Treble is also clean and detailed, spritely and energetic. Extension is nice in this region as cymbals come through well on the Pr1. Timbre is a bit off here with some slight tiz, some would call that the left-over debris of “Planar Timbre”. Technically speaking this set is great though. Details shine through very well; the stage is nice, and the imaging is good.
Not a bad first attempt…
Honestly, I would say that the Pr1 is a good first attempt by KZ to bring along a budget Planar Driver iem. It has issues but those issues don’t condemn this set. Honestly every iem has some sort of an issue and this especially rings true for the budget sector. You will likely read many of those issues in this review but make no mistake, the Pr1 is a good set.
Anyone who wants to hear a Planar iem for the first time and they don’t have a ton of money to go to the higher pedigree planars… I’d check out the Pr1. The issues present are petty for what you get and truthfully this set may surprise you with how well it can perform once your brain adapts to it. Before the meat of the sound part of this review even thoroughly begins, I want to preface everything with; I really do think this is a good set for the price point.
Planar bass has come a very long way folks. There was a time when the low end of planar driver iems (at least those which I’ve heard) was so analytical and thin and even dry. Speed was a problem as pace and timing just didn’t reflect real life sounds. The presence of real deep growl and authority seemed to lack. The Pr1 corrects that to a slight degree as the low end here has depth and has some slam with actual texture. You can feel as well as hear the bass on the Pr1. Still, these don’t replicate a good Ole’ dynamic driver. This is most certainly planar bass but there is still an atmospheric presence which is something to applaud for the price KZ is asking.
The lowest area of the mix is extended nicely. I almost hear that dynamic driver type sub-bass. Almost. The sub-bass kind of steals the show in the bass region. I will say with complete confidence that the Pr1 surprised me with a low reaching reverberant tactile judder. Texture is evident and the Pr1 does so with a speedier attack and decay and decently rounded edge at sustain. Speaking of sustain, it is there but mostly the speed of a planar is evident, it is tighter and offers a nice ending to bass hits. Still, there is the missing organic and tactile sound of a dynamic in my opinion, however it is good for a planar which offers other strengths.
The mid-bass has some oomph and slam but not to the level of the sub-bass. The mid-bass could be lifted a bit and that would do well for the replay as a whole. It isn’t the type of bass which encroaches over midrange frequencies. This can be good and there can be drawbacks. The Pr1 does pretty good for a planar to give genres such as hip-hop just enough weight and presence to play well with them. This is not a bass-head iem at all, but it also doesn’t lack bass. I’d say that the Pr1 is just missing an adequate amount of force and concrete palpable slam in the mid-bass. Not quite there but satisfying, nonetheless.
One thing is for sure, I don’t hear that plastic, lifeless and anemic type low end on the KZ Pr1. I would like a bump or two with a bit more color to the mid bass, but that’s just me. Let’s put it this way, on “Survivor’s Guilt” by Saba I hear a deep enough haptic buzz during the bassline and Saba’s voice is very clean and clear. So, there are rewarding points to the tuning. We could go a lot deeper into how it effects all areas of the spectrum but… I go way too long as it is in my reviews.
Low-mids (Male Vocals)
Male vocals are important to me, and I always look for a certain warmth and heaviness along with s certain edginess to note delivery. I do hear that planar timbre to a degree. Male vocals on the Pr1 don’t quite get me to euphoria. This may be due in part to the mid-bass not pushing into the Mids as much, couple that with the recession in this area. Males, both baritone and tenor have a slight lack in vocal heft. They sound a bit dry and underwhelming and a bit non-resounding. There is also a lack of that visceral energy that a man’s voice naturally conveys.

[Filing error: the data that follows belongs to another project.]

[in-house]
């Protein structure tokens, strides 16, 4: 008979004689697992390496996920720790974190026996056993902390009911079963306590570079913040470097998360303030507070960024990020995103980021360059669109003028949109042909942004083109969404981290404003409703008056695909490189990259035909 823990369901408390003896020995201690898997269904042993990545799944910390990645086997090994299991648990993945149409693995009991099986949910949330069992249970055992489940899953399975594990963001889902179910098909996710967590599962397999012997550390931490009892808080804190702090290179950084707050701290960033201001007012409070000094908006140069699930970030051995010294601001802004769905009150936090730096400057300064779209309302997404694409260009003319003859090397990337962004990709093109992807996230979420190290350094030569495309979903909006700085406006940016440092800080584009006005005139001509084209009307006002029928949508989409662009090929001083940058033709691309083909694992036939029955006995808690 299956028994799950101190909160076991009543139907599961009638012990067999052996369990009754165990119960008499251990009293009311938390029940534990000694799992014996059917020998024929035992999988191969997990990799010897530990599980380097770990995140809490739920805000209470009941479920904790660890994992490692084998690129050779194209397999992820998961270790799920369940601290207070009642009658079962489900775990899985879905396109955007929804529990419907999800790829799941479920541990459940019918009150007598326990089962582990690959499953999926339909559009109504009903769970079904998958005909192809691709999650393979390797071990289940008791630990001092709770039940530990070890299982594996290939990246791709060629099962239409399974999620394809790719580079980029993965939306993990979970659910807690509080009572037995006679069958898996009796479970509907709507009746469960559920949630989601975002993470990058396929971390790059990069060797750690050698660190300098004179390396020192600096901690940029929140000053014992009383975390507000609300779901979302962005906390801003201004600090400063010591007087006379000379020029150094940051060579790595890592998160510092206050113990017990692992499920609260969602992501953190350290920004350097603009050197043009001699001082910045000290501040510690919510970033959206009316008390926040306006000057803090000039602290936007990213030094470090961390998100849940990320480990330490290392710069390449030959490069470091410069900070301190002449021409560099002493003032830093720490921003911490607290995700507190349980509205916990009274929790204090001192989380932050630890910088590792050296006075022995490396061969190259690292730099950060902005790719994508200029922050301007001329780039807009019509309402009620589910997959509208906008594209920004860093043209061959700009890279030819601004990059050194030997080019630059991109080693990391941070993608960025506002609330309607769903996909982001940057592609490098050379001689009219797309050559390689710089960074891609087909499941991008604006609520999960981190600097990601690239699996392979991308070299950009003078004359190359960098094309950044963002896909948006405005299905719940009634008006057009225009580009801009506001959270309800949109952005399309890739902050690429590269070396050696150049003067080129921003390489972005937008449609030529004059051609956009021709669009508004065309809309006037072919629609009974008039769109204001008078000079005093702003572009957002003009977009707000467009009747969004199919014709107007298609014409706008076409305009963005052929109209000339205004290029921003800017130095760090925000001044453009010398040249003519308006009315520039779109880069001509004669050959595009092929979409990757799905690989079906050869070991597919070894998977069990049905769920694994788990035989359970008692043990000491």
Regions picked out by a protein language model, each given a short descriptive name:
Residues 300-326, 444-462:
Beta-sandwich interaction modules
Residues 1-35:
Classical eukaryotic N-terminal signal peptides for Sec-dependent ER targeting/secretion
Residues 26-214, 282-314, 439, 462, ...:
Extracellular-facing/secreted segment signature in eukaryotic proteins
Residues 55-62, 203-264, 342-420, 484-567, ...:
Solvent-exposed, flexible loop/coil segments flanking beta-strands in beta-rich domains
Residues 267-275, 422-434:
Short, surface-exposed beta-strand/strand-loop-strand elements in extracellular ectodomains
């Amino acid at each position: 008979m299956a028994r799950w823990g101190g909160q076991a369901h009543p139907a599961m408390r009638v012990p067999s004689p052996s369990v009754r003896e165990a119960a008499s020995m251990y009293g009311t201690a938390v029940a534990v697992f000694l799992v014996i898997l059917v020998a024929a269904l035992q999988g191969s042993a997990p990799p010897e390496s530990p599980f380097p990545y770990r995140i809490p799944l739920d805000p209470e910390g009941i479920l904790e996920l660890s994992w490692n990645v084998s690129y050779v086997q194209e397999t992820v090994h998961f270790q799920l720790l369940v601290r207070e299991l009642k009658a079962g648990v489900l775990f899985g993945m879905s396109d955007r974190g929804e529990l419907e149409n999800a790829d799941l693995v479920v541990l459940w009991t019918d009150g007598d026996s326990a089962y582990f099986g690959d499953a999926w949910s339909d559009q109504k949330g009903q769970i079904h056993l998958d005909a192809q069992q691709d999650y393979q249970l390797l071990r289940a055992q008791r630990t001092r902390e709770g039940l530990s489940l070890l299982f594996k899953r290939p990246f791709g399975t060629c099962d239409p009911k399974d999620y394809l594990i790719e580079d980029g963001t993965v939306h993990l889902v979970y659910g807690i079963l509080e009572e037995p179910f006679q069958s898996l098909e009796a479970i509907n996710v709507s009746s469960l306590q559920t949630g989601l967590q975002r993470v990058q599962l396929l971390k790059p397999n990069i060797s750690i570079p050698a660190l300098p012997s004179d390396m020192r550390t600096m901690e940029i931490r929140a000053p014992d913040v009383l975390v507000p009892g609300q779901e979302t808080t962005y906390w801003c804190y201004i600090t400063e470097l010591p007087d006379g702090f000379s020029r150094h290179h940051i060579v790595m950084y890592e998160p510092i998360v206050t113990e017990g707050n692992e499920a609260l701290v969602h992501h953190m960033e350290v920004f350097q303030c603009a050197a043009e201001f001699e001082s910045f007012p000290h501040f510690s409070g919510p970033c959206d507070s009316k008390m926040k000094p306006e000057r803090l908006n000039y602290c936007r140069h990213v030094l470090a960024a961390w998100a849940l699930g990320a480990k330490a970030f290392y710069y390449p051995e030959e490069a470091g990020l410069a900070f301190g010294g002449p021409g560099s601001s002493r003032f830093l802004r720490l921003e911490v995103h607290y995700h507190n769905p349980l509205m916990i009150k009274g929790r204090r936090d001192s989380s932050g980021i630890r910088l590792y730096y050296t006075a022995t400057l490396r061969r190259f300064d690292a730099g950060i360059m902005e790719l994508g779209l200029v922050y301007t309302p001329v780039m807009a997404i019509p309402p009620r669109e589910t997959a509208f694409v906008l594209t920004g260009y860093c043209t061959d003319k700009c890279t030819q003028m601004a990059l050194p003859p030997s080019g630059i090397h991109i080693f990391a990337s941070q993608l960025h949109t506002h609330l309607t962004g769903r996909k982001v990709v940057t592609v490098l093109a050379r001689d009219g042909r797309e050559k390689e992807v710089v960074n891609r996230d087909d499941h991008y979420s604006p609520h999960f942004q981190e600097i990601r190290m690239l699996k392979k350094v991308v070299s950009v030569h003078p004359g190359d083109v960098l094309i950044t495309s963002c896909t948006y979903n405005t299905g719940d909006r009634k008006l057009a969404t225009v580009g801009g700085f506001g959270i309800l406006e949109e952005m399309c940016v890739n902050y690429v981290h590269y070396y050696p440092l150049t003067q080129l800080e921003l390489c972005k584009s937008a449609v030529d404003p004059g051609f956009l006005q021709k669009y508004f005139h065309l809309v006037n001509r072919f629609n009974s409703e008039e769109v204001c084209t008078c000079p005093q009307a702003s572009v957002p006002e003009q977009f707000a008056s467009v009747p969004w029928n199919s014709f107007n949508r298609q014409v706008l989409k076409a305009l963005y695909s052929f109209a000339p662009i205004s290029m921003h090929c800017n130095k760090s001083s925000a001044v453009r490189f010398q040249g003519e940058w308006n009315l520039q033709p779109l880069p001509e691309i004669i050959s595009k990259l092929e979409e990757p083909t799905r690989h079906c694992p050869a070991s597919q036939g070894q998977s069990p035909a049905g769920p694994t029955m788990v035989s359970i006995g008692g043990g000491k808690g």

I wouldn’t say this set replays this area bad but there is that thinness which a planar can exhibit. The Pr1 does have the speed of a planar, with the timbre of a planar, but no real warmth and fullness from the low end. The lack of weight is pretty evident without that low end push. Yet there are nice benefits. The Pr1 actually has nice clarity and technically is pretty darn good. The lower-mids could be just a bit more forward and I could use some warmth from the bass region a little bit. However, I am being very picky, in truth I am positive that many will enjoy this area of the KZ Pr1.
Larry Fleet has a song “Where I Find God“. Larry has this low but edgy and weighty inflection to his country voice. His voice cuts through the melody surrounding him and there should be an edgy crispness and fullness to his voice. Listening on the KZ Pr1, instead of full and weighty with a course edge, it comes across rather thin and edgy and withdrawn. Still nicely displayed but not quite there for me. The lower mids carry nice details and with nice resolution though and in totality they really aren’t that bad. I simply love my vocals. Still for a cheap planar you are getting that true planar speed and you are getting it for a low cost.
Upper-Mids (Female Vocals)
Females have good eloquence and good emotion for the most part. I hear pretty good energy in this area on the KZ Pr1. That said, there is a lack of shimmer and shine to female voices. I could use a bit more of a controlled sheen. However, the softness to a woman’s voice is not lost. There is still ample vitality for ballads as well. In the same breath, there is almost a faint dullness to the sound. Ella Henderson with her song “Everything I Didn’t Say” should be emotionally wrapped and full in sound while remaining softly contoured and subtle at the same time. Instead, there is almost a prevailing feeling of this area being held-back. To counter that, once again resolution is great, separation and placement are good. This set is almost there, but all in all, females still have good enough energy to carry most tracks.
Instruments have a nice cadence, perhaps not the most timbre perfect but they are clean. All the technical aspects of different Instruments are spot on as well. I suppose this is where the KZ Pr1 begins to stand out against the competition. This set takes whatever I throw at them, and they speed right along not skipping a beat. Strings, percussion etc. all benefit from the separation afforded by the planar driver within. More on that later.